TIME IS RUNNING OUT FOR AFGHANISTAN
The April 5th Election is Only The Prelude to Transition
By Anthony H. Cordesman
03 Apr 14. The war in Afghanistan is not so much forgotten as in limbo. It may not be ‘Waiting for Godot,’ but it is obviously waiting for something. No leadership on the issue has emerged from the White House in months. There are no public plans or budgets for either the military or civil side of the war, no one has defined what will happen of the Bilateral Security Agreement is signed or what a “zero option” really means.
Waiting for an Afghan Godot: No Real U.S. Budget, No Real Plan
The Pentagon and ISAF no longer issue any kind of detailed military progress reports or metrics and the state Department and USAID never did. The State Department FY2015 requested $5.9 billion in aid funds for Overseas Contingency Operations, or OCO. It funds “key programs in Iraq and Pakistan and helps sustain hard-fought gains in Afghanistan through the 2014 transition.”
Only $2.6 billion of this is allocated to Afghanistan under conditions where State cautions that, “the Administration has not yet determined the size and scope of any post-2014 U.S. presence,” but indicates that the United States will sustain, “our diplomatic platform and security operations in Kabul, Mazar-e-sharif, and Heart, while assuming selection reductions in personnel in preparation for transition. The budget prioritizes technical assistance and channels more aid through Afghan institutions, while holding the Government of Afghanistan accountable for undertaking concrete reforms and improving efficiency and sustainability, FY2015 funds will sustain gains in health and education, projects to facilitate economic self-sufficiency through improved agricultural production, good governance, rule of law and women’s rights as laid out in the strategic Partnership agreement.”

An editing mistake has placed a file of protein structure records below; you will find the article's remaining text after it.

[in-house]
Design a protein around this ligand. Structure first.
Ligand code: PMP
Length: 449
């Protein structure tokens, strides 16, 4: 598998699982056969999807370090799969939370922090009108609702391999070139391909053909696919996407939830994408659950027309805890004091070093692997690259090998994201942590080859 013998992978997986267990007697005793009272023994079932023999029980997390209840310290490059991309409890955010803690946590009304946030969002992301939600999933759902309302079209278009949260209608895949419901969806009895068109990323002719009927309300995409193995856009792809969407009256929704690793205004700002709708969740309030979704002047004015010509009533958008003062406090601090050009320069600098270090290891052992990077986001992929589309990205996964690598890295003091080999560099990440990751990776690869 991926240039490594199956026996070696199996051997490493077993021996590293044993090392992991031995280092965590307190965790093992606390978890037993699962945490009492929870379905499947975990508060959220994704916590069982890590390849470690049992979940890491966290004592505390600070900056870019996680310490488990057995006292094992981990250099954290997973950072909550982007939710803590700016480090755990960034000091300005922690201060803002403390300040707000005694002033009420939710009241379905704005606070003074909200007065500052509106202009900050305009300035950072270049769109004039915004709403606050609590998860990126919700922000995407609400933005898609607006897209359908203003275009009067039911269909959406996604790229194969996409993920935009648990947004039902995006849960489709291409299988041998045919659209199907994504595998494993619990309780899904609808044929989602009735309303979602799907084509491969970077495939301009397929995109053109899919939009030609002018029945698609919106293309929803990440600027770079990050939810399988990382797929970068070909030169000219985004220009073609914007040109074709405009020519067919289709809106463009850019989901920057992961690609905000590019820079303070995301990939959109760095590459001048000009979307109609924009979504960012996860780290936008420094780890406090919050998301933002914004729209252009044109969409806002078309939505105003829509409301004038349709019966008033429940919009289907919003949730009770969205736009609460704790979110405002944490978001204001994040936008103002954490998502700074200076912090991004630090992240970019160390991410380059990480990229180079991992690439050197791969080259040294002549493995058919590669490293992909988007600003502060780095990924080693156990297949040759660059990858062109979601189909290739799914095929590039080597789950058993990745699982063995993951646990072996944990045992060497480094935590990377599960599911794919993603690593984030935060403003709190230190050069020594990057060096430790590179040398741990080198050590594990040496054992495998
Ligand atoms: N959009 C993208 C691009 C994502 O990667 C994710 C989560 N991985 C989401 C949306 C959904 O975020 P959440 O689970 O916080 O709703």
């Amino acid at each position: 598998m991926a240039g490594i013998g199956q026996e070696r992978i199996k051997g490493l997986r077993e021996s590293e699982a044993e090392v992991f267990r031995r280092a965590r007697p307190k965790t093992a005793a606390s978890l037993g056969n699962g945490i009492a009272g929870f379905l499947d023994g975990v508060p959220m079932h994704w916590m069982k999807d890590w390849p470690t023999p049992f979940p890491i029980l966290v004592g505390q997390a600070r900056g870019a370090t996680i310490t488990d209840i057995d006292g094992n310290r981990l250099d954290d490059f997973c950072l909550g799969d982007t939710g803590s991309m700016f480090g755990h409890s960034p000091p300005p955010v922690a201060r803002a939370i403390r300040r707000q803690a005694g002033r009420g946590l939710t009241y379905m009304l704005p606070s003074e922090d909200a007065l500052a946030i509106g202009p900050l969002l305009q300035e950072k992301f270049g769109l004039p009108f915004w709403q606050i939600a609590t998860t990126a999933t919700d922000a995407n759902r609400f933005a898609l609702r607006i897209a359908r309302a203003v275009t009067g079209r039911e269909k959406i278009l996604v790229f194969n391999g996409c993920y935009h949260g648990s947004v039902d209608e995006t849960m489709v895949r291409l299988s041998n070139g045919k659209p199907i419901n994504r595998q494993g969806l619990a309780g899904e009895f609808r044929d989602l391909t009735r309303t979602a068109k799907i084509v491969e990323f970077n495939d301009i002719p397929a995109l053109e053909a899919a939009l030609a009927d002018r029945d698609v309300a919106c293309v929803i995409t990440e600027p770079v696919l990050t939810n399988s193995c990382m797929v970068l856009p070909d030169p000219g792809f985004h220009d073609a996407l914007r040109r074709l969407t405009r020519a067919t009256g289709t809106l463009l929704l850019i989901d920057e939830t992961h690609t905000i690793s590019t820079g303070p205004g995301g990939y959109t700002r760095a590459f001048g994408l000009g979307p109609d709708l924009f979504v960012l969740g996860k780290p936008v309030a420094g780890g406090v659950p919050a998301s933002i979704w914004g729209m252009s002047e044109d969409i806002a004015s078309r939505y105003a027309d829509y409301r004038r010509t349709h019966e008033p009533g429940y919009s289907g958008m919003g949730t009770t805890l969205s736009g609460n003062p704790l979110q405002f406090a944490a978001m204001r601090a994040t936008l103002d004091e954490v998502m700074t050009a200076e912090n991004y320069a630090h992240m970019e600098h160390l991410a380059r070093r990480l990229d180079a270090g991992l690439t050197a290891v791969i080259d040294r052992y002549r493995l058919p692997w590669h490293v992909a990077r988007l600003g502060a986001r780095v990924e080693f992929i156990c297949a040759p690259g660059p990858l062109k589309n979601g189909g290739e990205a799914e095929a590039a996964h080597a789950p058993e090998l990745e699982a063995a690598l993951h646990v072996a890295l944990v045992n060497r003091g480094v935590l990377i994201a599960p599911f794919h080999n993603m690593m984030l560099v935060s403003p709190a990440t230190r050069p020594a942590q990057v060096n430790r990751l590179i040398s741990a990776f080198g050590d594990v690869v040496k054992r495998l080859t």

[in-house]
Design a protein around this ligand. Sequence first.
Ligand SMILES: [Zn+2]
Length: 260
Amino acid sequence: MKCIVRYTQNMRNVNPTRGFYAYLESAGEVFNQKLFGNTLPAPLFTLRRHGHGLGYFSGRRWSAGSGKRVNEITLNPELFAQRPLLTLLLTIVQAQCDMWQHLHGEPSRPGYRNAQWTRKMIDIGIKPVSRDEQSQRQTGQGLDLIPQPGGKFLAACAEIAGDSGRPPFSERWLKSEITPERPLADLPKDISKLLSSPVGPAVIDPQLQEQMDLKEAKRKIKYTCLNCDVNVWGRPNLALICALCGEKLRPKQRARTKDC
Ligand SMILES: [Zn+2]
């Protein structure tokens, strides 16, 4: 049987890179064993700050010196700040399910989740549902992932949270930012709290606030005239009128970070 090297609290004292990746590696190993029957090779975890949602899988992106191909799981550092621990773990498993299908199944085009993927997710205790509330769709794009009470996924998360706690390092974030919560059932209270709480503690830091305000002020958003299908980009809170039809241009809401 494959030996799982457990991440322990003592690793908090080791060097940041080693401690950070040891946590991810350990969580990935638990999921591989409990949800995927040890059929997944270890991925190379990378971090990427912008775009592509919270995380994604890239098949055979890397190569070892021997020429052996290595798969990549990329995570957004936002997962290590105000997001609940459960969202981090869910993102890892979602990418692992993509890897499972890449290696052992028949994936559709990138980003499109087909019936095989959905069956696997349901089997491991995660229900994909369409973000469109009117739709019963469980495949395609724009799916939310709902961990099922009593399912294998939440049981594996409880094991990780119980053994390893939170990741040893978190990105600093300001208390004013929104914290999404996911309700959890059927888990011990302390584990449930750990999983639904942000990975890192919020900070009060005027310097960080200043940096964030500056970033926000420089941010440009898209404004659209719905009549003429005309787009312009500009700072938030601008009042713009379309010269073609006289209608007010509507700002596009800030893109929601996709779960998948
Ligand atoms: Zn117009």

In short, buzz words waiting for a plan, and hopes that the war, governance problems, and economic strains won’t create a crisis. All of them mixed with implied promises about progress and reforms for which there seem to be no clear time limits, conditions, and commitments
There also seem to be additional funds for security enhancements for U.S. personnel in Iraq, Afghanistan, and Pakistan that total $5.1 billion. Exactly what this means in terms of real Transition planning for Afghanistan is anyone’s guess. There seem to be no contingency funds for any kind of economic crisis in Afghanistan as aid and military spending are cut, or planning for what could happen if the April 5th election results in a run off, a prolonged delay in forming an effective government, or while the three most likely candidates — Abdullah Abdullah and Zalmai Rassoul and Finance Minister Ashraf Ghani, all of whom lack detailed experience in governing –- show whether they can actually lead a state that now has to operate largely on its own.
No effort is made to address the economic and governance warnings in the World Bank Afghan economic update issued on October 1, 2013. (http://documents.worldbank.org/curated/en/2013/10/18433329/afghanistan-economic-update-poverty-reduction-economic-management)
As for the Department of Defense’s FY2015 budget request, it provides no details on Afghanistan at all. The total request for OCO funds is also stated to be a nominal placeholder waiting for a real budget request – although the placeholder numbers in the DoD budget brief do send the signal that the total for OCO funding dropped from a peak of $162 billion in FY2010 to $85 billion in FY2014, has a placeholder number of $79 billion for FY2015 and will then drop to $30 billion for FY2016-FY2019.
The Uncertain Status of Military Aid
The closest thing to a recent unclassified official status report on the Afghan War, and plan for Transition in Afghanistan, comes from General Joseph F. Dunford – the Commander of U.S. Forces in Afghanistan – and his testimony to the Senate and House Armed service Committe